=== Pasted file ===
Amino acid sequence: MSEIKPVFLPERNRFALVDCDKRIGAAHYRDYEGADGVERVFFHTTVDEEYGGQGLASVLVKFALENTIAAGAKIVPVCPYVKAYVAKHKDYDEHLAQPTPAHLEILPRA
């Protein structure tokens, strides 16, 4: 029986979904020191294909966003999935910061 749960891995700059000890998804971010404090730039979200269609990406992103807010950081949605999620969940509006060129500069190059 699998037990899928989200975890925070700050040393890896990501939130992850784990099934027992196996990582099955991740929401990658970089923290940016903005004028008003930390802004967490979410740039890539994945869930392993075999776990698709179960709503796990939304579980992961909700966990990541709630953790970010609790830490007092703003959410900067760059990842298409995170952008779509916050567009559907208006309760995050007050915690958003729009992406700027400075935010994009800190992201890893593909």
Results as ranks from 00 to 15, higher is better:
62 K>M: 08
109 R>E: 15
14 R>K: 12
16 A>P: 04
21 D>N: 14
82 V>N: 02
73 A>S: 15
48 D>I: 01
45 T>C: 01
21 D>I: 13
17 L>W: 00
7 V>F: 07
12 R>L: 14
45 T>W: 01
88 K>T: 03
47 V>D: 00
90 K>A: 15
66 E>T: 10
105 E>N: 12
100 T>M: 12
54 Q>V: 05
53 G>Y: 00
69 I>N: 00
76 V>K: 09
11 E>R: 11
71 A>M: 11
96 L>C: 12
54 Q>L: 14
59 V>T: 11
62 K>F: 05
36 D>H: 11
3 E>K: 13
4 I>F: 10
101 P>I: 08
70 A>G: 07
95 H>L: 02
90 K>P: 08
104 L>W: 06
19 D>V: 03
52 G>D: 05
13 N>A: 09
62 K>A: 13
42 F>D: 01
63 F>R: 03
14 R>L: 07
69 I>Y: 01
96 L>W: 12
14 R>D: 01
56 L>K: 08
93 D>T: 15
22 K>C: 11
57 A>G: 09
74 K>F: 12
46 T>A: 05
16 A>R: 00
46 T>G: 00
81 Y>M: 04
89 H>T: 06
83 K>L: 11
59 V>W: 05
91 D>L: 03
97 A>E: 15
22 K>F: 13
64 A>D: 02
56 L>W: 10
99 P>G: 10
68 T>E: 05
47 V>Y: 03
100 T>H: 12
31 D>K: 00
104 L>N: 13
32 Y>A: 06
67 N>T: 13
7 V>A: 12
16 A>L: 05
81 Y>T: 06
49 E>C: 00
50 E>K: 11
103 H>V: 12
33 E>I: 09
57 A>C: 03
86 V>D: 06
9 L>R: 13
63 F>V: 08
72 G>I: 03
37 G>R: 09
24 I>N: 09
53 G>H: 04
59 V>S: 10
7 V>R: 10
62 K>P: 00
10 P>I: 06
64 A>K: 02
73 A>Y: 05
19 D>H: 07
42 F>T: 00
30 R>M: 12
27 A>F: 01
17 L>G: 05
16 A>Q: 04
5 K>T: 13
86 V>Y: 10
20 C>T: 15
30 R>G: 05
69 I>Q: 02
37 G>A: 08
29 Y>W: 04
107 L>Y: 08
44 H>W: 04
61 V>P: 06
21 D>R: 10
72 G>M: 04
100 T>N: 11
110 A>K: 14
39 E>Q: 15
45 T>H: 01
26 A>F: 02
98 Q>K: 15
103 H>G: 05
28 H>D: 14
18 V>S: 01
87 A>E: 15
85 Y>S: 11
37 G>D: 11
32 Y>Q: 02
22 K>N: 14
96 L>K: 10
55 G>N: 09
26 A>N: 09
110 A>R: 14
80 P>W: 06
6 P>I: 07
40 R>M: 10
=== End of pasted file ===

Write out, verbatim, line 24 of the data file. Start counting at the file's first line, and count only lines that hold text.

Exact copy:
54 Q>V: 05